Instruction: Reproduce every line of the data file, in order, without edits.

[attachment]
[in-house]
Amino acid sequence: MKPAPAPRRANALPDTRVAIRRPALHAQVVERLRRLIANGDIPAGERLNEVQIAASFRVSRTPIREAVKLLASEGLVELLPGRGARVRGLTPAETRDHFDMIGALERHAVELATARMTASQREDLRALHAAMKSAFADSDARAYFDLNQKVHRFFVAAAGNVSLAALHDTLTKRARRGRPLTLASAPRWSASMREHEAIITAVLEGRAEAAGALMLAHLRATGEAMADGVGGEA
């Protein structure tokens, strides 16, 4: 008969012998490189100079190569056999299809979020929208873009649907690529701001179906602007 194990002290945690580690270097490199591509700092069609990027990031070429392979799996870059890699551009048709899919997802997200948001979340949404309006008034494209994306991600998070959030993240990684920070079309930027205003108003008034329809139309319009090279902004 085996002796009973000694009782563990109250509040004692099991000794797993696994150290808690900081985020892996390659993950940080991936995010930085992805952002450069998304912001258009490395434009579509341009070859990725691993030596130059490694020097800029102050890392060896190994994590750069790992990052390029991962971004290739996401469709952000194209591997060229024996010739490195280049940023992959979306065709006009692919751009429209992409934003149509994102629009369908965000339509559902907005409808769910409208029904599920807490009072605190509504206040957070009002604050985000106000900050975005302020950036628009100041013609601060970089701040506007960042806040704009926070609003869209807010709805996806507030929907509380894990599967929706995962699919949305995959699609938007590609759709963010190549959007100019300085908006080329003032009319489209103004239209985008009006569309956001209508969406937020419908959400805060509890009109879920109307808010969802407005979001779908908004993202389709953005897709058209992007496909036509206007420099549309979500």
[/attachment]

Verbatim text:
[in-house]
Amino acid sequence: MKPAPAPRRANALPDTRVAIRRPALHAQVVERLRRLIANGDIPAGERLNEVQIAASFRVSRTPIREAVKLLASEGLVELLPGRGARVRGLTPAETRDHFDMIGALERHAVELATARMTASQREDLRALHAAMKSAFADSDARAYFDLNQKVHRFFVAAAGNVSLAALHDTLTKRARRGRPLTLASAPRWSASMREHEAIITAVLEGRAEAAGALMLAHLRATGEAMADGVGGEA
């Protein structure tokens, strides 16, 4: 008969012998490189100079190569056999299809979020929208873009649907690529701001179906602007 194990002290945690580690270097490199591509700092069609990027990031070429392979799996870059890699551009048709899919997802997200948001979340949404309006008034494209994306991600998070959030993240990684920070079309930027205003108003008034329809139309319009090279902004 085996002796009973000694009782563990109250509040004692099991000794797993696994150290808690900081985020892996390659993950940080991936995010930085992805952002450069998304912001258009490395434009579509341009070859990725691993030596130059490694020097800029102050890392060896190994994590750069790992990052390029991962971004290739996401469709952000194209591997060229024996010739490195280049940023992959979306065709006009692919751009429209992409934003149509994102629009369908965000339509559902907005409808769910409208029904599920807490009072605190509504206040957070009002604050985000106000900050975005302020950036628009100041013609601060970089701040506007960042806040704009926070609003869209807010709805996806507030929907509380894990599967929706995962699919949305995959699609938007590609759709963010190549959007100019300085908006080329003032009319489209103004239209985008009006569309956001209508969406937020419908959400805060509890009109879920109307808010969802407005979001779908908004993202389709953005897709058209992007496909036509206007420099549309979500």